SPS v3 and Office “Wave 12”

Back in March or April, Microsoft held a strategy summit for information officers here in Pittsburgh.  One of the sessions I attended had to do with the nerxt versions of SharePoint Portal Server (SPS v3) and Office System (“Wave 12”).  Here are some of the notes I took at that presentation.  This was all publicly presented, no secret side conversations involved.  The main foci of Wave 12 are knowledge worker collaboration and data centralization/management.  As always, features and dates are subject to change.

Microsoft’s research indicates a person receives between 50% and 75% of their job-related information from other people, and about 80% of a corporation’s knowledge is stored in “personal storage” (file servers, My Documents, PST files, etc).  This shows a large need to a collaboration platform, and that’s how Microsoft views the next wave (Wave 12) of the Office System.  “Office System” is a collection of servers (such as SharePoint Portal Server), clients (Word, Excel), and services (such as SQL Server Reporting Services).  An enhanced Live Communication Server will be the presence and instant messaging provider to enable real time collaboration on demand.  Enhanced digital rights media (already included in Windows Server 2003) can be used to limit the use of e-mail and documents.

As has already been announced, Office clients will consume a custom XML schema and make use of custom web services.  For instance, utilizing Smart Tags in a Word document will allow for a mail-merge via a web service accessing an enterprise database.  The workflow platform can be managed by non-developers, giving more control of operations to each business unit.  The data satys centeral, but can be used by each knowledge worker as they need to.

Document approvals and versions will be managed via SPS, and include metadata to set retention and expiration/deletion policies.  Document approval will use Outlook, which will route approvals via Exchange in order that e-mail addresses are specified.

Office Web Parts will be enahnced.  Excel can be used to create a dashboard, then publish it as a web part to SPS.  When the dashboard is loaded, the data are refreshed, providing a timely view of information.  End users will have more control to create office web parts to suit their business needs.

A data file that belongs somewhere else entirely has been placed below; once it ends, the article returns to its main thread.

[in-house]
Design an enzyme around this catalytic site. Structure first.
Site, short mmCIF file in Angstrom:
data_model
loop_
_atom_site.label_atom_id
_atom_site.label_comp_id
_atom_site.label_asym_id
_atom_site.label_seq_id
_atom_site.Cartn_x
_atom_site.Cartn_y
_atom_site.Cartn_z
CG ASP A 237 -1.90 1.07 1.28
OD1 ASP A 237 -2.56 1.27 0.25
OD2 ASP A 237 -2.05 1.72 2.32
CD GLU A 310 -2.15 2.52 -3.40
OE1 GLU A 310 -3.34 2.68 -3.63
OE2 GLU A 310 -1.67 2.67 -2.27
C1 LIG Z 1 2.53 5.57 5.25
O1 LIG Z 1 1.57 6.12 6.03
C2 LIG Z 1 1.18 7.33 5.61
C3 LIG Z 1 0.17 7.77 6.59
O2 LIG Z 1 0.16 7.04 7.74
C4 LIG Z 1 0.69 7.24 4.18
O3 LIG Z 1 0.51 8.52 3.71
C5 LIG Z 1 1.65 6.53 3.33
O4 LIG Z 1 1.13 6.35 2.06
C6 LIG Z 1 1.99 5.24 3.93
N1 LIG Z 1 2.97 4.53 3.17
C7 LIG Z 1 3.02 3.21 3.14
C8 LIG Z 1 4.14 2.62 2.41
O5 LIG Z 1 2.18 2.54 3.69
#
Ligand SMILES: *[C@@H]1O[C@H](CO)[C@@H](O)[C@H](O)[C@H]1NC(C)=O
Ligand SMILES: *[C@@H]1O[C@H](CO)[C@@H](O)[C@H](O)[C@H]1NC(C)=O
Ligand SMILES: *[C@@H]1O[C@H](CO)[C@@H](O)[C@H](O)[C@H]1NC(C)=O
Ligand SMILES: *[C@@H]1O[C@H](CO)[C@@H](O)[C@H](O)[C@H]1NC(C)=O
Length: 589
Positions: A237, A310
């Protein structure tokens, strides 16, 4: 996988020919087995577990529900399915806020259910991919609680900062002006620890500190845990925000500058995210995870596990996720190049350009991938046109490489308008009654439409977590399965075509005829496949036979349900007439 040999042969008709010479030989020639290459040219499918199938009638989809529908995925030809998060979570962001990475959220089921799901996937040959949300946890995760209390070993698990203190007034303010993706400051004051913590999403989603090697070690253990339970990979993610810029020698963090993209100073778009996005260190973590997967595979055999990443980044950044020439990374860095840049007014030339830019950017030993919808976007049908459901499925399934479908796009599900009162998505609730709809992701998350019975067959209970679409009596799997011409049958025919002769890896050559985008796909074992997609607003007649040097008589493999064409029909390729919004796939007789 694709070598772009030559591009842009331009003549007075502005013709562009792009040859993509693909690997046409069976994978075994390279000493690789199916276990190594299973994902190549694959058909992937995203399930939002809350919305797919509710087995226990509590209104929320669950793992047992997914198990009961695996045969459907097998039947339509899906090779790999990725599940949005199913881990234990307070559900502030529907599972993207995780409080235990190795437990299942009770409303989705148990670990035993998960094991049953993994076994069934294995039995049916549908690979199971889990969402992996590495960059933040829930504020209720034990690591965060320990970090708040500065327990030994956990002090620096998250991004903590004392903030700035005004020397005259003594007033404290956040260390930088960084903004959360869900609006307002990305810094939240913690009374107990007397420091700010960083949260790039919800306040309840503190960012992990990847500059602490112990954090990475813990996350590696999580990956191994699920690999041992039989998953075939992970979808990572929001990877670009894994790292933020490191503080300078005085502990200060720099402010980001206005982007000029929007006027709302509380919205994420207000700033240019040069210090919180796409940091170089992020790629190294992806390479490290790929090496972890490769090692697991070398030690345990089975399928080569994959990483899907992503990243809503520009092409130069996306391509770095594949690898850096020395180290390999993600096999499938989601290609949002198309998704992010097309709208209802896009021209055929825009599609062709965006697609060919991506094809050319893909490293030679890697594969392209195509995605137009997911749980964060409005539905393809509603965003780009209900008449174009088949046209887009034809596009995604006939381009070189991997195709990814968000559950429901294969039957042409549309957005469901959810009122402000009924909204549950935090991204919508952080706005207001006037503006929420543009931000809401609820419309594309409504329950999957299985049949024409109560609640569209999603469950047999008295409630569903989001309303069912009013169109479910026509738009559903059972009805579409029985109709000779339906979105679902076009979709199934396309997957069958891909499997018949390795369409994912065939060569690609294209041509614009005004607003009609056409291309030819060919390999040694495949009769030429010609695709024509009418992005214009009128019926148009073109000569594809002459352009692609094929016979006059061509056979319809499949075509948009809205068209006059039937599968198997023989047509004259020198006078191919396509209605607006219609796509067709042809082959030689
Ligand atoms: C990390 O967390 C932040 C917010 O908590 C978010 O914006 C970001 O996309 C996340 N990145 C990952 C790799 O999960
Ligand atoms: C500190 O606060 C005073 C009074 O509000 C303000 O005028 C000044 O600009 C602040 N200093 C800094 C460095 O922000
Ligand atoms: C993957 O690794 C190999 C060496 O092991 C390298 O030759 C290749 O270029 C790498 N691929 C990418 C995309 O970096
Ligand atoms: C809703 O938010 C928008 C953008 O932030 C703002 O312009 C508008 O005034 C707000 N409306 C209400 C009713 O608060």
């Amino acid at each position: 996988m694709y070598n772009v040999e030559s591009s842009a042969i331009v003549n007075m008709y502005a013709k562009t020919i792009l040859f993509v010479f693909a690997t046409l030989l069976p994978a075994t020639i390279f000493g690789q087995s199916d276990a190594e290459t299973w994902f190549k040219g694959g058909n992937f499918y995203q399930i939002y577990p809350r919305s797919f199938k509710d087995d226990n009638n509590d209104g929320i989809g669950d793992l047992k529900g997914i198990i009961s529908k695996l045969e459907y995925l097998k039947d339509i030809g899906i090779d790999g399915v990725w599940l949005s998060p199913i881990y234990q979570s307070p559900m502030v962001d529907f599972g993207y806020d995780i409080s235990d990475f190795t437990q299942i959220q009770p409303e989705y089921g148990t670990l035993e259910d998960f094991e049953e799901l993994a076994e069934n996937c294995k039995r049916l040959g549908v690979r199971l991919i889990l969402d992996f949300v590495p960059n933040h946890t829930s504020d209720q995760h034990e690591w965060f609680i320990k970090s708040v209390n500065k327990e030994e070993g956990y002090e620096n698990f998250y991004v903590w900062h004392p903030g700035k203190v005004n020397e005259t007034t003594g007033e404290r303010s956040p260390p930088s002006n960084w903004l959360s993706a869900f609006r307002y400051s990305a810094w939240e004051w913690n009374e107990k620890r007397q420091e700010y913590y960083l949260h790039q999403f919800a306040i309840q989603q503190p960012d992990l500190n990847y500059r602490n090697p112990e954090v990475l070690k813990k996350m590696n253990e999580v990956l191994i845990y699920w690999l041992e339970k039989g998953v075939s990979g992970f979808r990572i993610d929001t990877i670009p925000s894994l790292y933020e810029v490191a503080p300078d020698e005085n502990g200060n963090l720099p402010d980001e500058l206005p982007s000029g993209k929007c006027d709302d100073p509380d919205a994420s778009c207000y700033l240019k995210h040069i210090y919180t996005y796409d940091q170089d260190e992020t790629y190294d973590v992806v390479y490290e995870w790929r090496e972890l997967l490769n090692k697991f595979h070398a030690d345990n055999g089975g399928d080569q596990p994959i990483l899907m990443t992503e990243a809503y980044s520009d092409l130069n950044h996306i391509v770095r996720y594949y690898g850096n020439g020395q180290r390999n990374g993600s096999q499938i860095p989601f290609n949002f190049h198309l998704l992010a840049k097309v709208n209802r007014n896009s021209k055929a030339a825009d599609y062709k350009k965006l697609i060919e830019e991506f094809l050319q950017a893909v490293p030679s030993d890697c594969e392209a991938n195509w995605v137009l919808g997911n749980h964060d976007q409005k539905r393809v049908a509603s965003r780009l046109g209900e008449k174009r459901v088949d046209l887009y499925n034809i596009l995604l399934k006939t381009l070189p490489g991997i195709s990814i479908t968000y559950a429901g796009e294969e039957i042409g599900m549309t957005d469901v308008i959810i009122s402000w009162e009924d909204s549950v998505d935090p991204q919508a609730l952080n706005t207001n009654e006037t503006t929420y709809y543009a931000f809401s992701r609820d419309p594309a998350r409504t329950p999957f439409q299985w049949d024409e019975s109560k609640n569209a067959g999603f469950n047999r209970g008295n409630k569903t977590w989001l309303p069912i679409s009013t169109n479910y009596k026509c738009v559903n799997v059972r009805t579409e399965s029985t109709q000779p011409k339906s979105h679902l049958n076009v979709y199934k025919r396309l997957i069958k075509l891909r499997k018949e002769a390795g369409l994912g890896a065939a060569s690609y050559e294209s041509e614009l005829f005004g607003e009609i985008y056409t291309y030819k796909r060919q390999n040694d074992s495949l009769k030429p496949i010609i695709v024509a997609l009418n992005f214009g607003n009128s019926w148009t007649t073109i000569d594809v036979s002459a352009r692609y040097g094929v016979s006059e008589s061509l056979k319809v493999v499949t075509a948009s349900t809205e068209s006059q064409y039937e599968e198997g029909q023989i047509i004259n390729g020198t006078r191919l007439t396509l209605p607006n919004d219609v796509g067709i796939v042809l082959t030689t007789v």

Outlook 12 will have improved task and time management tools.  Tasks can be associated with the a day and time, and can appear as appointments to improve time management.  OneNote, SharePoint and Outlook will be able to share tasks.

As with Office 2003, there will be an Access Conversion Toolkit for migrating Access projects to from earlier versions.

A tecnhical beta of Wave 12 is planned for Q4 CY 2005 (Oct-Nov-Dec of 2005), and a public release one year later.

The Movie Theater’s 100th Birthday

100 years ago today, the movie theater was born.  The first modern movie theater opened this day in 1905 on Smithfied St. in Pittsburgh, entertaining thousands (96 at a time) for a nickel.  You can read more about it at http://www.post-gazette.com/pg/05170/522854.stm.

Another Pittsburgh movie tradition is coming back this week also.  George Romero’s Land of the Dead opens this week, premiering Wednesday in downtown Pittsburgh.  Romero’s first movie, the original Night of the Living Dead, was filmed in a cemetary and farm in Evans City, just a little south of where I live, and premiered in downtown Pittsburgh.

DNN Basics BADNUG Meeting – Swag Update

More reasons to attend BADNUG’s Basics of DotNetNuke meeting next week.

WROX Press is donating two copies of Professional DotNetNuke ASP.NET Portals.  In case they don’t arrive in time, we’ll raffle off an IOU and get the book to you when it does arrive.  Thank you Jim Minatel from WROX press, and Pat Santry who hooked us up.